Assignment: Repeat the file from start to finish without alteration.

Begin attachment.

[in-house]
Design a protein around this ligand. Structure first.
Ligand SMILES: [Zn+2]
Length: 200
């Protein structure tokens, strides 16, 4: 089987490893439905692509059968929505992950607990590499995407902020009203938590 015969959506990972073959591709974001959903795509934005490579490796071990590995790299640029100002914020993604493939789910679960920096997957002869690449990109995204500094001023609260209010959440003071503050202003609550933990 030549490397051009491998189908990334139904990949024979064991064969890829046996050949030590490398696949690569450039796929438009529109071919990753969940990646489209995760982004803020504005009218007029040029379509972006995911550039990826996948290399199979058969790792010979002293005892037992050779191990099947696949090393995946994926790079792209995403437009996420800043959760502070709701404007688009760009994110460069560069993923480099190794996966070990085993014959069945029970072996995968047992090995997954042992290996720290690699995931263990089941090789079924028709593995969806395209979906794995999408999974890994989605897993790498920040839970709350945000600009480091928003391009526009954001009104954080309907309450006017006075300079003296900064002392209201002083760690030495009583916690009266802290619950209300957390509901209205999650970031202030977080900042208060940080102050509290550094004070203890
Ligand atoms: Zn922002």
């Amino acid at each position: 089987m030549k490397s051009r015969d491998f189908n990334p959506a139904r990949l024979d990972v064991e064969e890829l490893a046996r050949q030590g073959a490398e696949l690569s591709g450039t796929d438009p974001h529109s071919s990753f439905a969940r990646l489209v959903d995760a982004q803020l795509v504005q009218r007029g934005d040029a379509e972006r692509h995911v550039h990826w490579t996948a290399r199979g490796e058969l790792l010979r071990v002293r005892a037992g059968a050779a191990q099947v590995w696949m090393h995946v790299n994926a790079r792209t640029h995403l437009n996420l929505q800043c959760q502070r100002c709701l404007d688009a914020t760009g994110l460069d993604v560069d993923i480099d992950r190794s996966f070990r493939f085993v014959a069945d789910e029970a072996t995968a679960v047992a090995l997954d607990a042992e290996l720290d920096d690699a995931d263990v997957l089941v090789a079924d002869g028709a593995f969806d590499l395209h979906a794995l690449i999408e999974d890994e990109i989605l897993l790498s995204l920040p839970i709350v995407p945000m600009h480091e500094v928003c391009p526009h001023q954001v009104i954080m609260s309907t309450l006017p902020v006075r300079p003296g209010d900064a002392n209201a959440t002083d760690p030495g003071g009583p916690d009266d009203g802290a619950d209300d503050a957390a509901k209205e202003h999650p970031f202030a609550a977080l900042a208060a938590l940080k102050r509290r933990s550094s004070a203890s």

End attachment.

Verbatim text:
[in-house]
Design a protein around this ligand. Structure first.
Ligand SMILES: [Zn+2]
Length: 200
């Protein structure tokens, strides 16, 4: 089987490893439905692509059968929505992950607990590499995407902020009203938590 015969959506990972073959591709974001959903795509934005490579490796071990590995790299640029100002914020993604493939789910679960920096997957002869690449990109995204500094001023609260209010959440003071503050202003609550933990 030549490397051009491998189908990334139904990949024979064991064969890829046996050949030590490398696949690569450039796929438009529109071919990753969940990646489209995760982004803020504005009218007029040029379509972006995911550039990826996948290399199979058969790792010979002293005892037992050779191990099947696949090393995946994926790079792209995403437009996420800043959760502070709701404007688009760009994110460069560069993923480099190794996966070990085993014959069945029970072996995968047992090995997954042992290996720290690699995931263990089941090789079924028709593995969806395209979906794995999408999974890994989605897993790498920040839970709350945000600009480091928003391009526009954001009104954080309907309450006017006075300079003296900064002392209201002083760690030495009583916690009266802290619950209300957390509901209205999650970031202030977080900042208060940080102050509290550094004070203890
Ligand atoms: Zn922002």
């Amino acid at each position: 089987m030549k490397s051009r015969d491998f189908n990334p959506a139904r990949l024979d990972v064991e064969e890829l490893a046996r050949q030590g073959a490398e696949l690569s591709g450039t796929d438009p974001h529109s071919s990753f439905a969940r990646l489209v959903d995760a982004q803020l795509v504005q009218r007029g934005d040029a379509e972006r692509h995911v550039h990826w490579t996948a290399r199979g490796e058969l790792l010979r071990v002293r005892a037992g059968a050779a191990q099947v590995w696949m090393h995946v790299n994926a790079r792209t640029h995403l437009n996420l929505q800043c959760q502070r100002c709701l404007d688009a914020t760009g994110l460069d993604v560069d993923i480099d992950r190794s996966f070990r493939f085993v014959a069945d789910e029970a072996t995968a679960v047992a090995l997954d607990a042992e290996l720290d920096d690699a995931d263990v997957l089941v090789a079924d002869g028709a593995f969806d590499l395209h979906a794995l690449i999408e999974d890994e990109i989605l897993l790498s995204l920040p839970i709350v995407p945000m600009h480091e500094v928003c391009p526009h001023q954001v009104i954080m609260s309907t309450l006017p902020v006075r300079p003296g209010d900064a002392n209201a959440t002083d760690p030495g003071g009583p916690d009266d009203g802290a619950d209300d503050a957390a509901k209205e202003h999650p970031f202030a609550a977080l900042a208060a938590l940080k102050r509290r933990s550094s004070a203890s």